I will just make one further point. Where are the practitioners doing these x-rays coming from? According to the Royal College of Radiologists, there is a massive under- supply of clinical radiologists in our country. In fact, by 2027, we are going to need an additional 3,365 clinical radiologists. We are already massively under capacity. I can only imagine that this will mean diverting people from looking after the health of ourselves, our friends, our neighbours and our citizens in order to carry out a practice that is unethical, impractical and unscientific. Where will these radiologists come from, and how long will it take to examine each individual?

I will refer to the report that the Minister has referred to, which says:

“Biological age assessment involving ionising radiation is limited to radiography of the third molar”

and/or of the wrist. This is hardly a great operation, is it? The final sentence on page 6 says that the authority notes all this, and says that the applicant—that is, the Government—should

“cease using X-rays when alternative methods are validated.”

If the justifying authority has major reservations about the use of X-rays in this unethical and unscientific way, what are the Government doing to look into alternative examinations, which the JA is clearly proposing we should do?

The vast majority of points made by the shadow Minister, the hon. Member for Brentford and Isleworth (Ruth Cadbury), and the hon. Member for Hemsworth (Jon Trickett) are outside the scope of this debate. This debate is not about the policy, the implementation or staffing of that policy, or otherwise. It is about a technical legal decision to allow the Home Office, in another Delegated Legislation Committee in just under an hour and a half’s time, to bring forward the actual policy proposals and put them before a Delegated Legislation Committee for debate. There is a very good reason for that: as I set out very clearly, under the Justification of Practices Involving Ionising Radiation Regulations 2004, the justifying authority is required to be functionally separate from any decisions made on how the policy will operate and the decision made on it. I appreciate the points made by both the shadow Minister, the hon. Member for Brentford and Isleworth, and the hon. Member for Hemsworth. They made their points well and I suspect that they are at least in scope of the debate because the Chair did not stop them. They are on the record.

The point I would make in respect of the vast majority of cases, the justifying authority is looking to see whether, under those regulations, it is possible for the Home Office to proceed in this way. The hon. Member for Hemsworth quoted from page six of the report. I would also highlight another quote on page six:

“The decision to use X-ray imaging appears well considered and appropriate to minimise any individual’s radiation exposure.”

That is what the Secretary of State has been looking at in this context: whether the measure meets the threshold of those regulations for the Home Office as the applying authority to bring forward specific proposals, which it will do.

The shadow Minister, the hon. Member for Brentford and Isleworth, did make one point that is directly relevant to these regulations, which concerned how a review would work. As the justifying authority, we will undertake a review if, for example, new or important information is acquired about efficacy or consequences, other techniques or technologies that have the same objectives become available, or there are any obvious relevant changes in practice, science or technology. I should be explicit that the statutory instrument does not include a statutory review, but the Ministry of Justice as the justifying authority will continue to monitor and review the use of X-rays in this context as the shadow Minister would expect.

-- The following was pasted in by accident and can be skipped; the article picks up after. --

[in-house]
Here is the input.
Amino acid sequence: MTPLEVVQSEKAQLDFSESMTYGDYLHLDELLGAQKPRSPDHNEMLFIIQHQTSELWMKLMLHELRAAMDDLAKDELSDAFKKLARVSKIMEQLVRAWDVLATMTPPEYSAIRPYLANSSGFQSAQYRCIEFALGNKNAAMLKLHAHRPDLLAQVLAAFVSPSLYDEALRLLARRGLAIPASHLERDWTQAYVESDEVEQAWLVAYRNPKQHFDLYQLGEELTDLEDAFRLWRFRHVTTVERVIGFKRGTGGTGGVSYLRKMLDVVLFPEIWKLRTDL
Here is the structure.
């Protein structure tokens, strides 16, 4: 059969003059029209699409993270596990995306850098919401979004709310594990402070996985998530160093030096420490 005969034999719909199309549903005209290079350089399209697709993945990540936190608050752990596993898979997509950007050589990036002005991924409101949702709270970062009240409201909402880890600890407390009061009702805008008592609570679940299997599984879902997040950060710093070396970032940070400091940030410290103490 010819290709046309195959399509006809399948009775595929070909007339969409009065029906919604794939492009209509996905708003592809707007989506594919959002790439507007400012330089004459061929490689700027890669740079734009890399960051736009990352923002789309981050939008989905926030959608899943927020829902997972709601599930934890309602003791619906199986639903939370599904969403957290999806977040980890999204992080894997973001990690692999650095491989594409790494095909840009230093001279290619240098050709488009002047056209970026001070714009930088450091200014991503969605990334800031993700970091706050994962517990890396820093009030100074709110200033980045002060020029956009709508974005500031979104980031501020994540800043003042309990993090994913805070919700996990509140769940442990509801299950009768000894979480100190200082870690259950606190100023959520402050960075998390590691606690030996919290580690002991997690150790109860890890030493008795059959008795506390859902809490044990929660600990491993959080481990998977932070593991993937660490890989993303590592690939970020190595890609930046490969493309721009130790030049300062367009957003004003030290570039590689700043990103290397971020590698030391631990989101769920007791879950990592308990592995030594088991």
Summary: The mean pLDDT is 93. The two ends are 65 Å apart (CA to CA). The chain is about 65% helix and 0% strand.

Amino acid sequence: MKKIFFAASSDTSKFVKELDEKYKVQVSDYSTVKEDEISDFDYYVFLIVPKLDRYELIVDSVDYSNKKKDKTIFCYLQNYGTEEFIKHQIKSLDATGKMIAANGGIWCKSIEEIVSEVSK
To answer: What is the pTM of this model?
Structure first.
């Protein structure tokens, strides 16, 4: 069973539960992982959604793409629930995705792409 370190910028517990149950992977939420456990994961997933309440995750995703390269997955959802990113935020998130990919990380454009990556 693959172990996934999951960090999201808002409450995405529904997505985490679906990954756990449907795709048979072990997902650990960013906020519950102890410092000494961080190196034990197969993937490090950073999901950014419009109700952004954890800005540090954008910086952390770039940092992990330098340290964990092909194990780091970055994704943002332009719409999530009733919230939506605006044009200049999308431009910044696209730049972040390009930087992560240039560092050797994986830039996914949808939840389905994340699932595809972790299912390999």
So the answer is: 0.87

I suspect that the spokesman for the Scottish National party, the hon. Member for Glasgow South West, may reprise a number of the arguments and questions that he has just put to me to a Home Office Minister as the applying authority in another Committee in about an hour. There are a number of points to consider. On informed consent, that would again be a question for the Home Office as the authority wishing to carry out this policy. Similarly, on the question of a scientific method of age assessment, it is recognised in the documents that the Government have put forward that assessing an individual’s age is an incredibly complex task and there is no single methodology, scientific or otherwise, can determine a person’s age with absolute precision. However, as I set out earlier, this will be one consideration in weighing up the evidence based on either the individual’s declared age or a social worker’s assessment of it.

I assume that the Minister thought I was speaking to the statutory instrument—shock horror. A number of human rights groups have raised concerns. Has he, as the justifying authority, had a look at those? Obviously, there are clear concerns about human rights.

I am grateful to the SNP spokesman for that. In considering this as the justifying authority, the Secretary of State has had due regard to those named consultees that, under the 2004 Regulations, he is obliged to consult on the justification decisions. It would be for the Home Office to set out what discussions it had had—I think it was either the hon. Member for Brentford and Isleworth or the hon. Member for Hemsworth who talked about local authorities, campaign groups and others—in how they designed that policy and what they proposed when they bring that forward. That would be a matter for Home Office Ministers. I am perhaps being less forthcoming than I normally would be—the hon. Member for Glasgow South West has opposed me in Committee before—because I am deliberately drawing that distinction between the justifying authority, which is functionally separate in looking at what it actually has to look at as the MOJ, from the Home Office as the Department that has to introduce the specific regulations on how this policy would work. On that basis, I commend this decision and this statutory instrument to the Committee.

Question put,


That the Committee has considered the draft Justification Decision (Scientific Age Imaging) Regulations 2023.

Committee rose.